CETA

Canada and the EU - shared values and interests should constitute the basis for a strong partnership and enhanced cooperation

May 8th, 2017 - by Costanza Musu and Patrick LeBlond, University of Ottawa.

At a time when Canadian officials and policymakers are scrambling to make sense of the new U.S. administration’s rhetoric and actions on trade, immigration, and security, Ottawa cannot but view the EU as a relatively more stable and dependable partner. Moreover, EU leaders’ general support for open borders and the existing system of global governance is in line with the vision and priorities of Canadian Prime Minister Justin Trudeau’s government.

Canada and the EU have recently signed two important agreements. The first is the Comprehensive Economic and Trade Agreement (CETA), which should enter into force in summer 2017. The second is the Strategic Partnership Agreement (SPA), which sets the principles and objectives of Canadian-EU cooperation for the foreseeable future. A news release by the Office of the Canadian Prime Minister described the SPA in the following terms:

The SPA lays out a strategic direction for stronger future relations and collaboration between Canada, the EU, and its member states at both the bilateral and multilateral level. The SPA will improve cooperation in important areas such as energy, environment and climate change, migration and peaceful pluralism, counter-terrorism and international peace and security, and effective multilateralism.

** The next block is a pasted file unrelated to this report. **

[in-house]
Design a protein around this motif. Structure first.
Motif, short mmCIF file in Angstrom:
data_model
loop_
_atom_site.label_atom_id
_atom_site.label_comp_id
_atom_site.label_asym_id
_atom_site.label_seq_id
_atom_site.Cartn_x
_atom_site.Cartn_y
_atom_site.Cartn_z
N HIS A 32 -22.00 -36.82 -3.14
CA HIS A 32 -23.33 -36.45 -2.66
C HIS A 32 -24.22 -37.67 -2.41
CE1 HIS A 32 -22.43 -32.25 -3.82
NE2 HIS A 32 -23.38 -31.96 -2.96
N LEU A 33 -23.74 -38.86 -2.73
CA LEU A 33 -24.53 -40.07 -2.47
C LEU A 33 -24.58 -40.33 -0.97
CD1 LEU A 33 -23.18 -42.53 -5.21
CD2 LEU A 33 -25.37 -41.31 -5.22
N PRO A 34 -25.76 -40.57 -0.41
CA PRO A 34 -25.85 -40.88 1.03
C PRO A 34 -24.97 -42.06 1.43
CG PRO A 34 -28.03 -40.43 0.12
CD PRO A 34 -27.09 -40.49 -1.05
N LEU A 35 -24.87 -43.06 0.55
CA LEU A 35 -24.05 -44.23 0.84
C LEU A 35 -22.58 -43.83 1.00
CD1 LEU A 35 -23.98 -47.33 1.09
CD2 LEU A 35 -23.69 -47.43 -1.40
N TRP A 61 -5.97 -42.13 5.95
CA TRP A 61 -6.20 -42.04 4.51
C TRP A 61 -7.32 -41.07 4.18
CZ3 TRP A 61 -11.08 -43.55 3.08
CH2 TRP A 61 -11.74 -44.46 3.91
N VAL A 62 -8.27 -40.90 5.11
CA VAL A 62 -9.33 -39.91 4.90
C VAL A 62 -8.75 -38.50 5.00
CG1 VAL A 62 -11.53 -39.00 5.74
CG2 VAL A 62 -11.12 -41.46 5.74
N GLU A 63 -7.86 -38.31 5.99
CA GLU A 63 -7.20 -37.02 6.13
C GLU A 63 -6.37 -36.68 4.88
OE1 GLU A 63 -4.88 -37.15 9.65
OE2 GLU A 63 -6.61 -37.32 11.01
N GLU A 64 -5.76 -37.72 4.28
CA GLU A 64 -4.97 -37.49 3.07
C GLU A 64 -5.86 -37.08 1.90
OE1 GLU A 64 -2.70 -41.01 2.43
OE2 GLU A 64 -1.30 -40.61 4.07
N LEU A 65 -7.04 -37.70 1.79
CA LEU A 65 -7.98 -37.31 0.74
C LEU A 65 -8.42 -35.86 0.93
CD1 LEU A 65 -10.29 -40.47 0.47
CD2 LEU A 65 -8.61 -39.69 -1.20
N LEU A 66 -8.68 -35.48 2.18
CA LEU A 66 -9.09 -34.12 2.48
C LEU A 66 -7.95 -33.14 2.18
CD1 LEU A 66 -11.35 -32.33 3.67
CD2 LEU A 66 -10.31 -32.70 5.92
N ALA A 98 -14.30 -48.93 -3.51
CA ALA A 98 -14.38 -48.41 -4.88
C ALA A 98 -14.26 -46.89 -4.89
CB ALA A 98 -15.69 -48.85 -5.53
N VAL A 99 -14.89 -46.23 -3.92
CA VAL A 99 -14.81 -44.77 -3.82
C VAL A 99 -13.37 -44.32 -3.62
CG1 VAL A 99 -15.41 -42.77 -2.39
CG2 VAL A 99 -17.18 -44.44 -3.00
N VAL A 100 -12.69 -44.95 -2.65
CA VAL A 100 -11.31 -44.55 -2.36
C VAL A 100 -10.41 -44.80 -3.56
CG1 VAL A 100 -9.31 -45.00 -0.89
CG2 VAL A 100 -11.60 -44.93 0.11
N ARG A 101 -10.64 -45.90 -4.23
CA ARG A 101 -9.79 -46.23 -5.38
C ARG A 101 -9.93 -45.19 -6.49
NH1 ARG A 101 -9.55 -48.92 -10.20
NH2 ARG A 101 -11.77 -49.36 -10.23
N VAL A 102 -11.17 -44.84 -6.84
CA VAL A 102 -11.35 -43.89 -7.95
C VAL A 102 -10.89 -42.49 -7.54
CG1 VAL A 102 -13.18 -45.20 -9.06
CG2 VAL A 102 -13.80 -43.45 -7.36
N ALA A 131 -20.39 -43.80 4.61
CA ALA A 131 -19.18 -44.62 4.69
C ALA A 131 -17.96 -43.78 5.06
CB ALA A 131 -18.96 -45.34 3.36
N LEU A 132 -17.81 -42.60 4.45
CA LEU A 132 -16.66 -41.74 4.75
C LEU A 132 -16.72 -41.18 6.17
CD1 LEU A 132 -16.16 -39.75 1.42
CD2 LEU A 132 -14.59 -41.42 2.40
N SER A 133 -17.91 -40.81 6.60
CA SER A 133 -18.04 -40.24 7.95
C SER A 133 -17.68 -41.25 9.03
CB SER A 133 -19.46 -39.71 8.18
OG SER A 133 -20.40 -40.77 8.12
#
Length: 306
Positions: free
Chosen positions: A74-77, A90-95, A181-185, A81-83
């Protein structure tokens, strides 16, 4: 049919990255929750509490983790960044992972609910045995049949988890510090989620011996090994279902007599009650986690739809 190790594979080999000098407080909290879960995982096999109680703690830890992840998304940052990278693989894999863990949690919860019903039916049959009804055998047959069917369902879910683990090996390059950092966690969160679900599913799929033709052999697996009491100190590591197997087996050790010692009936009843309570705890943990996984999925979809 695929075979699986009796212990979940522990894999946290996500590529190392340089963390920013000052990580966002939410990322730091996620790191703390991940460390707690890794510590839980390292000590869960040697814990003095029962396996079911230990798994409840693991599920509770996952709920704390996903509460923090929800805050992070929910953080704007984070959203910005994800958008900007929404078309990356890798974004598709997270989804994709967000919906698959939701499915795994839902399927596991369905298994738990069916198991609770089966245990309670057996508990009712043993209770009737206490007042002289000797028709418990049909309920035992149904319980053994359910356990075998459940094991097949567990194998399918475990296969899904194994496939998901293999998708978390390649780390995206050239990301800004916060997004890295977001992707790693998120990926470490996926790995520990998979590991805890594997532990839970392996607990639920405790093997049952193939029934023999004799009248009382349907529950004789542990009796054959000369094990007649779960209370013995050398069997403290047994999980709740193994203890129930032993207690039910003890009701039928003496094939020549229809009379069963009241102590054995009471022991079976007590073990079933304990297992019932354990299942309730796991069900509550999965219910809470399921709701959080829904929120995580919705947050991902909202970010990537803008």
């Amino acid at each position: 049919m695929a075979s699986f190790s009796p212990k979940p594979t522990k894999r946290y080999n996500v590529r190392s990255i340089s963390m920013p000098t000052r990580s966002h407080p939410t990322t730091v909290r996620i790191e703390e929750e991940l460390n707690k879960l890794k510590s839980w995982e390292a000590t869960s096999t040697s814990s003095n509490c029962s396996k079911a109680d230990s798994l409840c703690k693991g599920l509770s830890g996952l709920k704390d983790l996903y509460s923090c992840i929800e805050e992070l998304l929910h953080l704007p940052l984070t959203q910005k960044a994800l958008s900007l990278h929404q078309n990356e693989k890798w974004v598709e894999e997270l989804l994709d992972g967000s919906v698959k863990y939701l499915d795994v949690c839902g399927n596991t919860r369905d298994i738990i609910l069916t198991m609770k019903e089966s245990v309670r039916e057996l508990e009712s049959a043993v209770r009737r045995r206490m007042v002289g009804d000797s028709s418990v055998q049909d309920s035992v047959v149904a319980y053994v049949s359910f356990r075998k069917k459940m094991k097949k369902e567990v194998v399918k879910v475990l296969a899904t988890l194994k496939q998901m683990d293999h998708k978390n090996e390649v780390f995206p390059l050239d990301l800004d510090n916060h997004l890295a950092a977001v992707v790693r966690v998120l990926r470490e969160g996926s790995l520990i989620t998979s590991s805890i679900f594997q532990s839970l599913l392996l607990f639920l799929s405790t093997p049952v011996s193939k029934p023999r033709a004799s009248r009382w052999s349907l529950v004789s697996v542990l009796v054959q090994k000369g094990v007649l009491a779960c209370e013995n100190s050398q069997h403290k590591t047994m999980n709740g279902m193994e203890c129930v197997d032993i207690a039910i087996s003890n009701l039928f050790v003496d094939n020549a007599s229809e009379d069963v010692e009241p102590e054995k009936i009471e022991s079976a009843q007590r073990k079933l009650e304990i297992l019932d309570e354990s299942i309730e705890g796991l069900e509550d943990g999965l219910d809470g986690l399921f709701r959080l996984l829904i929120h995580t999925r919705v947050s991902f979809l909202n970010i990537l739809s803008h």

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European Parliament CETA Ratification – Helped by Trump?

February 15th, 2017 - by Amy Verdun, University of Victoria

Today the European Parliament approved the Comprehensive Economic and Trade Agreement (CETA). There were 695 Members of the European Parliament (MEPs) present of which 408 voted in favour, 254 against and 33 did not vote. It brings the completion of the ratification process another step closer. The agreement enables the Europeans and Canadians to trade more freely with one another as well as other forms of deeper economic cooperation. The ratification of the CETA by the European Parliament was not always a given. Some members of the European Parliament worry about the dispute settlement system that has been created together with this agreement. A new tribunal ‘the Investment Court System’ that has been put in place to deal with investor-state disputes. Critics worry that only investors will benefit from this court but that groups of consumers, environmentalists or workers cannot bring cases to it. These concerns were leading numerous voices in Europe and Canada to be sceptical about the astuteness of ratifying CETA.

It seems that with a change in global stance towards free trade, following the election of Donald Trump and the subsequent trials and tribulations of the first few weeks of the Trump Administration may have put the partnership of the EU and Canadian in a more favourable light. In the past, some MEPs were concerned about whether CETA would be a template for the Transatlantic Trade and Investment Partnership (TTIP – the EU-US trade agreement). The first thing Trump has done, however, upon becoming the 45th president of the US, is to scrap the TTIP. Thus, those who would be worried about large US, litigious enterprises, would not need to be concerned about how CETA might pave the way for TTIP (at least not in the short-run). Furthermore, if the CETA agreement fails, it would make it more difficult for the EU to sign trade agreements with other countries.

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CETA approved by the European Parliament - what next?

February 15, 2017 - by Patrick Leblond, University of Ottawa